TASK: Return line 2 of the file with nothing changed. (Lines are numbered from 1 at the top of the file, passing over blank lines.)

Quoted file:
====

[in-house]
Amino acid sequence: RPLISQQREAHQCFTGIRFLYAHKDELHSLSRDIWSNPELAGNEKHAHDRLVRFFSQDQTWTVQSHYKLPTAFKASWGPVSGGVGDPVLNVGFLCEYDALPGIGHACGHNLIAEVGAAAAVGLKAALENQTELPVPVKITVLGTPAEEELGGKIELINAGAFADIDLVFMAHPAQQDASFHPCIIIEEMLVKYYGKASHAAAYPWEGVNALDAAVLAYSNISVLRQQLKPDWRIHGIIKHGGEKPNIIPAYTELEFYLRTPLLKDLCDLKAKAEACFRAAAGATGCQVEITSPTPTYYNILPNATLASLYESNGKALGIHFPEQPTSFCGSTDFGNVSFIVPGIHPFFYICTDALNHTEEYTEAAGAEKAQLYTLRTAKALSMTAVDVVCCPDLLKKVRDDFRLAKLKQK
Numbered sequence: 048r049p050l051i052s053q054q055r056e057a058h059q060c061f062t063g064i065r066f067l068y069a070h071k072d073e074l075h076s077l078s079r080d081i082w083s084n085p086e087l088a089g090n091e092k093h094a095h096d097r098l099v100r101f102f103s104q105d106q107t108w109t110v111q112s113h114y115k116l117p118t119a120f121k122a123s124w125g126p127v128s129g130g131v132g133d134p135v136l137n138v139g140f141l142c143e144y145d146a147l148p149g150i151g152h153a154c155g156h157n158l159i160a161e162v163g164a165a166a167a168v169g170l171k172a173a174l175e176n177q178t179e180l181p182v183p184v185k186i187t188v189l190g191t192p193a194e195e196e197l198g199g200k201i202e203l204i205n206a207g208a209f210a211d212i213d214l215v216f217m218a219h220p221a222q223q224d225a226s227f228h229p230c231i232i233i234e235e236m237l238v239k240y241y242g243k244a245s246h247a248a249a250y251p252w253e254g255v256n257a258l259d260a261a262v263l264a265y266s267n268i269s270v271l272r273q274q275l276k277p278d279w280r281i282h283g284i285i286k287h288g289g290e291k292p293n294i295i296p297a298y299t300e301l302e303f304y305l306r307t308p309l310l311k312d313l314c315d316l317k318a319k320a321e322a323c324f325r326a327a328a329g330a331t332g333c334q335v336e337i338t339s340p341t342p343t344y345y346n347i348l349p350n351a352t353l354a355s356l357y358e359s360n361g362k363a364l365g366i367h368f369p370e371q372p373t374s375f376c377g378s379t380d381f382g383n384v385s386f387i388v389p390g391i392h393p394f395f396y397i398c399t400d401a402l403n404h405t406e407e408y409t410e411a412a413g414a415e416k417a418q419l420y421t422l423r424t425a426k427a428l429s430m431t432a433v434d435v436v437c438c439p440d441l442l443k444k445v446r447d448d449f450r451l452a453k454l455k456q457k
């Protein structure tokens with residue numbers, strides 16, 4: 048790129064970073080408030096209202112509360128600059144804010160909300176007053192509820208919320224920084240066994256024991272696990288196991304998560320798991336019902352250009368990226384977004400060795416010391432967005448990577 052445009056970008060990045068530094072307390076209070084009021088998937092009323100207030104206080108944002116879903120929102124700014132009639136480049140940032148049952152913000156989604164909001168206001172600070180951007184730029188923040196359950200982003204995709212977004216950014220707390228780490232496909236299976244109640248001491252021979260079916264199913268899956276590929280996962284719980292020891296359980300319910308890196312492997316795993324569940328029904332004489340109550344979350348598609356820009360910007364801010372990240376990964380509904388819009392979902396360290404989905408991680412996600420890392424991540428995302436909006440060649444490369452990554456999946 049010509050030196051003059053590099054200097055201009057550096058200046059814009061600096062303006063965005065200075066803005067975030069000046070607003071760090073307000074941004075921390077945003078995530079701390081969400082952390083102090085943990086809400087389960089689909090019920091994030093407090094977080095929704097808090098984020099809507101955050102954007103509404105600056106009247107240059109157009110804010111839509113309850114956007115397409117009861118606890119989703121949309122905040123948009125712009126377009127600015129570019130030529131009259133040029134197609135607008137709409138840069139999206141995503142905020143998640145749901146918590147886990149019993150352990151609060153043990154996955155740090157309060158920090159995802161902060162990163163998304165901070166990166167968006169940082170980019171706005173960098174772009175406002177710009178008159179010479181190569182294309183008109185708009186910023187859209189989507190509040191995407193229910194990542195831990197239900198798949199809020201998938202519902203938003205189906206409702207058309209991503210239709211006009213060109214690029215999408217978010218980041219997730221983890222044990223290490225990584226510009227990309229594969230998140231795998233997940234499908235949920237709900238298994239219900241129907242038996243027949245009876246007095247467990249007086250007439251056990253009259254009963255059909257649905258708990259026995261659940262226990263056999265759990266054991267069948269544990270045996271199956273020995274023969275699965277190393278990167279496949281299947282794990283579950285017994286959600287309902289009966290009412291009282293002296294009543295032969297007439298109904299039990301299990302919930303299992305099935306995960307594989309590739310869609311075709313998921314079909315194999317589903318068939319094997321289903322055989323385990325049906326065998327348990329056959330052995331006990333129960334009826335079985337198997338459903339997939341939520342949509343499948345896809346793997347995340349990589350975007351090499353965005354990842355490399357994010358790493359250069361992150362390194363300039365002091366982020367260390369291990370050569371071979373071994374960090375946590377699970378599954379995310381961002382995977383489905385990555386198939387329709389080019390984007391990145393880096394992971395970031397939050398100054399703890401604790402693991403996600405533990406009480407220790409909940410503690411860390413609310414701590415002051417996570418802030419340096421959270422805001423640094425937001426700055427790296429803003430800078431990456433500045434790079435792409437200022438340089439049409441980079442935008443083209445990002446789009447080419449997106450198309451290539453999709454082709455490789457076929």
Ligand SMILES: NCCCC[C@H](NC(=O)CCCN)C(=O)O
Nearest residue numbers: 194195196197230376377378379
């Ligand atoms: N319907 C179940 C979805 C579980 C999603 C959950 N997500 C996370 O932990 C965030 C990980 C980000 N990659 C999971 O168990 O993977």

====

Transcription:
Amino acid sequence: RPLISQQREAHQCFTGIRFLYAHKDELHSLSRDIWSNPELAGNEKHAHDRLVRFFSQDQTWTVQSHYKLPTAFKASWGPVSGGVGDPVLNVGFLCEYDALPGIGHACGHNLIAEVGAAAAVGLKAALENQTELPVPVKITVLGTPAEEELGGKIELINAGAFADIDLVFMAHPAQQDASFHPCIIIEEMLVKYYGKASHAAAYPWEGVNALDAAVLAYSNISVLRQQLKPDWRIHGIIKHGGEKPNIIPAYTELEFYLRTPLLKDLCDLKAKAEACFRAAAGATGCQVEITSPTPTYYNILPNATLASLYESNGKALGIHFPEQPTSFCGSTDFGNVSFIVPGIHPFFYICTDALNHTEEYTEAAGAEKAQLYTLRTAKALSMTAVDVVCCPDLLKKVRDDFRLAKLKQK